June 2020
Volume 61, Issue 7
ARVO Annual Meeting Abstract  |   June 2020
Virtual Reading Center Can Remotely Identify Follicular Trachoma
Author Affiliations & Notes
  • Christopher J Brady
    University of Vermont, Williston, Vermont, United States
  • Christopher Bradley
    Johns Hopkins University School of Medicine, Maryland, United States
  • Meraf Wolle
    Johns Hopkins University School of Medicine, Maryland, United States
  • Harran Mkocha
    Kongwa Trachoma Project, Tanzania, United Republic of
  • Robert W Massof
    Johns Hopkins University School of Medicine, Maryland, United States
  • Sheila K West
    Johns Hopkins University School of Medicine, Maryland, United States
  • Footnotes
    Commercial Relationships   Christopher Brady, None; Christopher Bradley, None; Meraf Wolle, None; Harran Mkocha, None; Robert Massof, None; Sheila West, None
  • Footnotes
    Support  Seeing is Believing Innovation Grant
Investigative Ophthalmology & Visual Science June 2020, Vol.61, 492. doi:
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      Christopher J Brady, Christopher Bradley, Meraf Wolle, Harran Mkocha, Robert W Massof, Sheila K West; Virtual Reading Center Can Remotely Identify Follicular Trachoma. Invest. Ophthalmol. Vis. Sci. 2020;61(7):492.

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      © ARVO (1962-2015); The Authors (2016-present)

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Purpose : As trachoma is eradicated, skilled field graders become less adept at correctly identifying follicular trachoma (TF). Deciding if trachoma has been eradicated from a district or if treatment strategies need to be reinstated is of critical public health importance. Telemedicine solutions require connectivity, which can be poor in the resource-limited regions of the world in which trachoma occurs. Our purpose was to develop and deploy a deskilled, low-cost telemedicine solution to acquire and transmit high-quality tarsal plate images to a cloud-based virtual reading center using crowdsourcing for image interpretation.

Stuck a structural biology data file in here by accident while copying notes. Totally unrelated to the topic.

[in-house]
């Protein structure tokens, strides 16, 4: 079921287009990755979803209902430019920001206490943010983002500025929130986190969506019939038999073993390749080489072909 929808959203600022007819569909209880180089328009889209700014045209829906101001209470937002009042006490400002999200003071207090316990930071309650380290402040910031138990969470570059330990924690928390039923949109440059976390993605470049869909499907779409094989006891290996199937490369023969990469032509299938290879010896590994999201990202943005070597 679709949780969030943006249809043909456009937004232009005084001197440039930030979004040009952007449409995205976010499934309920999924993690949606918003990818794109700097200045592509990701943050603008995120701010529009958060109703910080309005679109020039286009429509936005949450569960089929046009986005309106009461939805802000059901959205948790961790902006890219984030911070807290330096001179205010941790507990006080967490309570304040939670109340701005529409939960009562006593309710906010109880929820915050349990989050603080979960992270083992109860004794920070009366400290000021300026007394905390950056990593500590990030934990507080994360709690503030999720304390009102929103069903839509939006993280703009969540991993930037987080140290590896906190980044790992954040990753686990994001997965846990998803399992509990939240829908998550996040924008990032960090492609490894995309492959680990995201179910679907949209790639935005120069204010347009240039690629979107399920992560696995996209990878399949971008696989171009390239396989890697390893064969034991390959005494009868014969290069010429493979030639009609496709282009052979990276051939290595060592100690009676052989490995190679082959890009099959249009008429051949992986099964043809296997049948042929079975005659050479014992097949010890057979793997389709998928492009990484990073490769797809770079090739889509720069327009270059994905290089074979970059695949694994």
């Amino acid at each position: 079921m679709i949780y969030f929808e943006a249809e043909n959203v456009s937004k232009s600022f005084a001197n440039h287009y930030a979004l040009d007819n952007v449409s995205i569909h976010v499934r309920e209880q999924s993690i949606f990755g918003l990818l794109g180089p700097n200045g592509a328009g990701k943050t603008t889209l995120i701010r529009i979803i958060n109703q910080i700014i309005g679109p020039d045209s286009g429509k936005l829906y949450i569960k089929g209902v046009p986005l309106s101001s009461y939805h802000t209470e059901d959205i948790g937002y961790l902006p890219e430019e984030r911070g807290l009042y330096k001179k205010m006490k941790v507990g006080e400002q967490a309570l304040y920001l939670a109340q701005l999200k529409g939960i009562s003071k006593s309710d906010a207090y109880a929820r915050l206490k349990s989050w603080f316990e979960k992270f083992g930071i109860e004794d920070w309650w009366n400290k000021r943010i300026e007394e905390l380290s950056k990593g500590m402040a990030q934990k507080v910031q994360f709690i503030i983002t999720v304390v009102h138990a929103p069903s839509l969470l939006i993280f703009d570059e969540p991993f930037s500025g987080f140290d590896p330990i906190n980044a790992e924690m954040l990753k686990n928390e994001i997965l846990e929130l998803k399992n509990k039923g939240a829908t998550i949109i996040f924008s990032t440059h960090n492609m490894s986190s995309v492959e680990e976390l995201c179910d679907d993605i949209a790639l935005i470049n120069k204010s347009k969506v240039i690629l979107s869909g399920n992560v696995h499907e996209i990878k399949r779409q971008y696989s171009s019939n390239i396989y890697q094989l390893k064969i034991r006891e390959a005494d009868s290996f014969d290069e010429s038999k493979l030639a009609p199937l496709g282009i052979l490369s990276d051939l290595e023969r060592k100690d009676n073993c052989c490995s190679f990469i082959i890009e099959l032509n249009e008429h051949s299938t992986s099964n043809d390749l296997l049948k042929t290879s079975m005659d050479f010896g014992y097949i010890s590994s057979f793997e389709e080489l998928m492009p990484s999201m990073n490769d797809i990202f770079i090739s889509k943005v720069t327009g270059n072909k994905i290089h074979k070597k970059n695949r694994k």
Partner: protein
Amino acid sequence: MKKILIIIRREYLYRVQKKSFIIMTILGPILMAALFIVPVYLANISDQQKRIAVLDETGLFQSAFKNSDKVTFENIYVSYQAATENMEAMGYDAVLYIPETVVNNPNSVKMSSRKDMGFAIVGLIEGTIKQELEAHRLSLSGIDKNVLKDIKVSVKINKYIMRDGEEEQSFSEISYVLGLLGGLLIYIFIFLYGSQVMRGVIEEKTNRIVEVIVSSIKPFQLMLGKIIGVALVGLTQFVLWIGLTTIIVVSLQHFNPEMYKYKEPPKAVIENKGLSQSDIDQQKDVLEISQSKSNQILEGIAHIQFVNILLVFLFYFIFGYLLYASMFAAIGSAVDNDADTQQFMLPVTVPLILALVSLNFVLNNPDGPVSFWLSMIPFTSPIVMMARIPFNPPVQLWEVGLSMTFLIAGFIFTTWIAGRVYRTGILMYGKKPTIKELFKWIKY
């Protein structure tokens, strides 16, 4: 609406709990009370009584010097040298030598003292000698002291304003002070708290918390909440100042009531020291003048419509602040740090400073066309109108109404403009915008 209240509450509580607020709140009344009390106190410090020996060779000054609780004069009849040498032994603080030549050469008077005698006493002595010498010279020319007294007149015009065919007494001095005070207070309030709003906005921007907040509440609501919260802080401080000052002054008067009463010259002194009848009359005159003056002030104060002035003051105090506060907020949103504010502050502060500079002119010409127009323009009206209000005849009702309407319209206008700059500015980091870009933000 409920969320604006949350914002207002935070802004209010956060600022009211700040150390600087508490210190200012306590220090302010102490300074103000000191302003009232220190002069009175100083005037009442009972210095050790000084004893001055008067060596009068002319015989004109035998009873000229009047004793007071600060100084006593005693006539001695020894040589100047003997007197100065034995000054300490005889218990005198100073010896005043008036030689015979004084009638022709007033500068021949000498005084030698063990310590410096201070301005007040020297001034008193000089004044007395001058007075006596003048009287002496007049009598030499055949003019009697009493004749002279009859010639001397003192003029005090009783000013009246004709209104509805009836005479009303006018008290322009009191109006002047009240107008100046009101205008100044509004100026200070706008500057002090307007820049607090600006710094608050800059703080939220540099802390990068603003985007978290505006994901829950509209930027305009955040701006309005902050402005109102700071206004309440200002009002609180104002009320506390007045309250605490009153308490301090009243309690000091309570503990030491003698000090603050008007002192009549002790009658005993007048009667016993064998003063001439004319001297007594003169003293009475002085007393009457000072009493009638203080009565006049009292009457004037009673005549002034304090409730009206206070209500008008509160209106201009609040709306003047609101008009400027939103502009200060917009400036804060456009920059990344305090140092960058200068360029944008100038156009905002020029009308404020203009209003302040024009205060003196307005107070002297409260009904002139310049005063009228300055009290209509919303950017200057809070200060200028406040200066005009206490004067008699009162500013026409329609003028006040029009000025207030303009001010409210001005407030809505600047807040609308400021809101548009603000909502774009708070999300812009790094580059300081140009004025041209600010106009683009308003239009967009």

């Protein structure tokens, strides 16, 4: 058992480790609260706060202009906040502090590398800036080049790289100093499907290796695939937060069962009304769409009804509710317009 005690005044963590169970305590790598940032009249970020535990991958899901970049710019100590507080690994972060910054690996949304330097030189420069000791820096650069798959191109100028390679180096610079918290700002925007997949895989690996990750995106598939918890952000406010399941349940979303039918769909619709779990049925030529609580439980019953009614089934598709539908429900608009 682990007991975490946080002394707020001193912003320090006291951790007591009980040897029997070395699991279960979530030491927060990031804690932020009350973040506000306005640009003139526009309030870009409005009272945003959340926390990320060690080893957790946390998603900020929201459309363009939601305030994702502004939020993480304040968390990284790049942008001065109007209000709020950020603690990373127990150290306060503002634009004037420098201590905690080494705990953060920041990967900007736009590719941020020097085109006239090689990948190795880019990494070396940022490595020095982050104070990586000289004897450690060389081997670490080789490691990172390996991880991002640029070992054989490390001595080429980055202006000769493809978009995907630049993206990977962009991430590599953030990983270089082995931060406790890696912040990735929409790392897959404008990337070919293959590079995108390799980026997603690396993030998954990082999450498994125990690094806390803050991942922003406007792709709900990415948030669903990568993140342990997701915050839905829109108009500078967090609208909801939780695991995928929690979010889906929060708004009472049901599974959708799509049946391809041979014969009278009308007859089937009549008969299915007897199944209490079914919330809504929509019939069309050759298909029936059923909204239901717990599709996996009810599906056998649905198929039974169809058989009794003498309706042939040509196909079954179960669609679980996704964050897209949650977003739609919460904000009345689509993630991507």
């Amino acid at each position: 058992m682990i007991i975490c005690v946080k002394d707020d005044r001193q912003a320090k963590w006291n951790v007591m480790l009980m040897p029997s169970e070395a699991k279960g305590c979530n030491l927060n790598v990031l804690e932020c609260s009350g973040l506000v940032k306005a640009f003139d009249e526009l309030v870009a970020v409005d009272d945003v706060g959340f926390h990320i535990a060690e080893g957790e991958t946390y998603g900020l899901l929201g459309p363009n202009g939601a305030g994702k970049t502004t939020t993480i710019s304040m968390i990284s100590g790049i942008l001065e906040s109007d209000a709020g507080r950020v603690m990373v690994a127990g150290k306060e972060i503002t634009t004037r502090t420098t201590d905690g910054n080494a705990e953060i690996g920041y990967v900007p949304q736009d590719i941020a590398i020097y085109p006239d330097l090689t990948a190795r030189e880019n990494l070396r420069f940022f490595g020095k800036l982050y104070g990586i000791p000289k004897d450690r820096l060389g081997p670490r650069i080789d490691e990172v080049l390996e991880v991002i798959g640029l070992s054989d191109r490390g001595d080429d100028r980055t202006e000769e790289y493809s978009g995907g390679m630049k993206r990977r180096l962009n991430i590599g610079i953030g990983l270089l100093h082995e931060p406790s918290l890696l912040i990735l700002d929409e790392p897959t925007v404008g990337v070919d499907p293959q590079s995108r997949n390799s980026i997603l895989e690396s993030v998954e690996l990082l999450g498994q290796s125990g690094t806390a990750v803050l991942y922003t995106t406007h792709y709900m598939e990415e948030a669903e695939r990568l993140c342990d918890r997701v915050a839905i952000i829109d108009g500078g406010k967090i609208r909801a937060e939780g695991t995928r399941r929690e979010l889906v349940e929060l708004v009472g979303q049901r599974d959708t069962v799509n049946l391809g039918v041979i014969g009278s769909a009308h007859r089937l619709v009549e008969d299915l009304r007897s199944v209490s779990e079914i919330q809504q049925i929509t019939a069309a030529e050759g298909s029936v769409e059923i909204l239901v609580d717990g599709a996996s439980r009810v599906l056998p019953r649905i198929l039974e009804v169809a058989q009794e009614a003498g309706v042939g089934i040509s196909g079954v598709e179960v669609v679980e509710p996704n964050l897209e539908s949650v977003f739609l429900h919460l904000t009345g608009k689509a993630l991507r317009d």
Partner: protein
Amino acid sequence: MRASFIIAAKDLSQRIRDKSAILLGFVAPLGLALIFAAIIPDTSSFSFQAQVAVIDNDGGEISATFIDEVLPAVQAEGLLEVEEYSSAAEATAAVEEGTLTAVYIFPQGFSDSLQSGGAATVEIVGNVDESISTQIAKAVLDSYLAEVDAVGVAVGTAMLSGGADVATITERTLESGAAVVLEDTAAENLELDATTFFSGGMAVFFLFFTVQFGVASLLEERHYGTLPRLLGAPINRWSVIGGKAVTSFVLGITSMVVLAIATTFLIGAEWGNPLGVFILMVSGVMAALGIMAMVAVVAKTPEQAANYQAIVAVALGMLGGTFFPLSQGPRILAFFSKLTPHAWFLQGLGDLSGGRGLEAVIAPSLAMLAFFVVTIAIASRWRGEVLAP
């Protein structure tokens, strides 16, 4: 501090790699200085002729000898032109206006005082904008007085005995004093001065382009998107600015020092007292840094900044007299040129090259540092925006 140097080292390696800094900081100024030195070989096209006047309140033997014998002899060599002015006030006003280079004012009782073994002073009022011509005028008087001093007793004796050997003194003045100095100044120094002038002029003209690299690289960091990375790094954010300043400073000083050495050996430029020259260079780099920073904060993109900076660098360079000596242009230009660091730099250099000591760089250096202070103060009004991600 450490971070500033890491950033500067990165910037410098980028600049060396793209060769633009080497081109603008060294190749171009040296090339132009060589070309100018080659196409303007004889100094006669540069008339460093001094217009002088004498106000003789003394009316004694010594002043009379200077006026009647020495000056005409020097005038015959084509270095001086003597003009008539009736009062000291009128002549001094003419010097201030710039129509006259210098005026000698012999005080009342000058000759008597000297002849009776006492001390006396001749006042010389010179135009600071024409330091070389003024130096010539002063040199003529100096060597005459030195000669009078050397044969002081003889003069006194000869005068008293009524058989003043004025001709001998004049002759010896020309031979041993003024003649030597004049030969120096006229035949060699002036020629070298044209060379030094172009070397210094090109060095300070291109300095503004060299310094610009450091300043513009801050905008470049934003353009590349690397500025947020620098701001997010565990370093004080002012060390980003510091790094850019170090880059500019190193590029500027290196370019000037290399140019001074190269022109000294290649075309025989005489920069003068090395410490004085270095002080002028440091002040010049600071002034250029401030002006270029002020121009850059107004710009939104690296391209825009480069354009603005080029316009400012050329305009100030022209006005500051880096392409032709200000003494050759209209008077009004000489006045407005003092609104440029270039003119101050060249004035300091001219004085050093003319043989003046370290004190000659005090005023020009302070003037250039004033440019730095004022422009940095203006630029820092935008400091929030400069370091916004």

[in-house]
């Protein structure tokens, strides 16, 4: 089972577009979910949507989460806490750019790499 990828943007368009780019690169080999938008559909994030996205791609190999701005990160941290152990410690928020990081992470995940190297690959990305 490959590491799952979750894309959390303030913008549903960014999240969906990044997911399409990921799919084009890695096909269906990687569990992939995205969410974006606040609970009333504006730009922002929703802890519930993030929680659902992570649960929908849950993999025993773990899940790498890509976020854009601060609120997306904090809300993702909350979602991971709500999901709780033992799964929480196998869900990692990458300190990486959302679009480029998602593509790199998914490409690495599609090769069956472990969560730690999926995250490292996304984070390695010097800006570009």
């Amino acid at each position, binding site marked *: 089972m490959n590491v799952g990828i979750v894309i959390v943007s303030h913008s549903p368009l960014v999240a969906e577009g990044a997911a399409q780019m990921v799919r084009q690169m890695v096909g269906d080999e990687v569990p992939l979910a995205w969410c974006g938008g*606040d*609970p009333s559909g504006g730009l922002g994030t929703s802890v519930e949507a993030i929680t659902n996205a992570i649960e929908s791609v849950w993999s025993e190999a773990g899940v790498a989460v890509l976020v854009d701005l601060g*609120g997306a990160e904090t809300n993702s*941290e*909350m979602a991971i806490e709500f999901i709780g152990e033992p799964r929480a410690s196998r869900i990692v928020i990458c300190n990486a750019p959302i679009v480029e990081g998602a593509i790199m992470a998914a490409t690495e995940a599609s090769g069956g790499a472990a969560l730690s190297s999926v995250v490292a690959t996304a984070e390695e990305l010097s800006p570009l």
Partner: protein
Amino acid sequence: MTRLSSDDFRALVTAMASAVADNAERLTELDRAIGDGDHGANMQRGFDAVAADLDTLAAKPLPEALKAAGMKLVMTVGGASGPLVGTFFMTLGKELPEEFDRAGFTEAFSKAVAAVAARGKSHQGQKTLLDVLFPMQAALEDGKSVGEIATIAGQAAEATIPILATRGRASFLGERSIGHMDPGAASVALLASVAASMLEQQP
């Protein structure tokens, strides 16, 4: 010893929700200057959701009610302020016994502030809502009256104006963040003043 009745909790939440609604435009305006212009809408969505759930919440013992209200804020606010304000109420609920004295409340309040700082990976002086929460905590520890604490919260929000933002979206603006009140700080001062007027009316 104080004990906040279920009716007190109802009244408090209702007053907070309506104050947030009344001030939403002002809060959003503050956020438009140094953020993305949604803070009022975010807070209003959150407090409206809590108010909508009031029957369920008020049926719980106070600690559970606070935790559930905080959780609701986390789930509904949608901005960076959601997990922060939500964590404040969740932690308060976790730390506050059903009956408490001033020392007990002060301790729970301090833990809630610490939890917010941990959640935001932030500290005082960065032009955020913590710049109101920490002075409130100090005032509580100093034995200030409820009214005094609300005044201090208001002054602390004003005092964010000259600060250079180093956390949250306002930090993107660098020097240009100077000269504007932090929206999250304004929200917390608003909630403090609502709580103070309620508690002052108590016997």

Methods : A hands-free digital imaging solution was developed to allow field workers to acquire high-quality images using both hands to evert and visualize the superior tarsal plate. A system was then developed to allow for in-browser local compression of images for transmission to a cloud-server to minimize the need for broadband internet connections. For crowdsourcing validation, images (n=47) were graded as for TF status (normal, TF, or abnormal without TF). The images were then posted to Amazon Mechanical Turk (AMT) for grading by untrained volunteers as either "TF" or "not-TF." Each image was graded by 10 unique Turkers in all trials for $0.10 per image. The mode of AMT grades for each image was compared to the expert grade to determine AMT grading accuracy as well as sensitivity and specificity for detecting TF.

Results : To date, over 700 images have been successfully uploaded using our system in 2 different district surveys in Tanzania. Compressing images locally allowed for a 95% reduction in file size with attendant reductions in upload times. All normal images (n=16) were correctly identified, and only 1 of the TF images (n=11) was graded incorrectly. 4 abnormal images without TF (n=20) were graded as “TF.” Overall sensitivity was 91% and specificity was 83%. Area under the ROC was 0.87.

Conclusions : Remotely acquired images can be successfully uploaded to a cloud server even in regions with poor connectivity, allowing for telemedicine in previously inaccessible areas. AMT users were able to rapidly and accurately identify follicular trachoma with minimal training. Further field testing is required to determine if diagnostic characteristics are acceptable in surveys with low prevalence of disease.

This is a 2020 ARVO Annual Meeting abstract.


Crowdsourcing interface for virtual reading center.

Crowdsourcing interface for virtual reading center.


Virtual reading center upload interface.

Virtual reading center upload interface.


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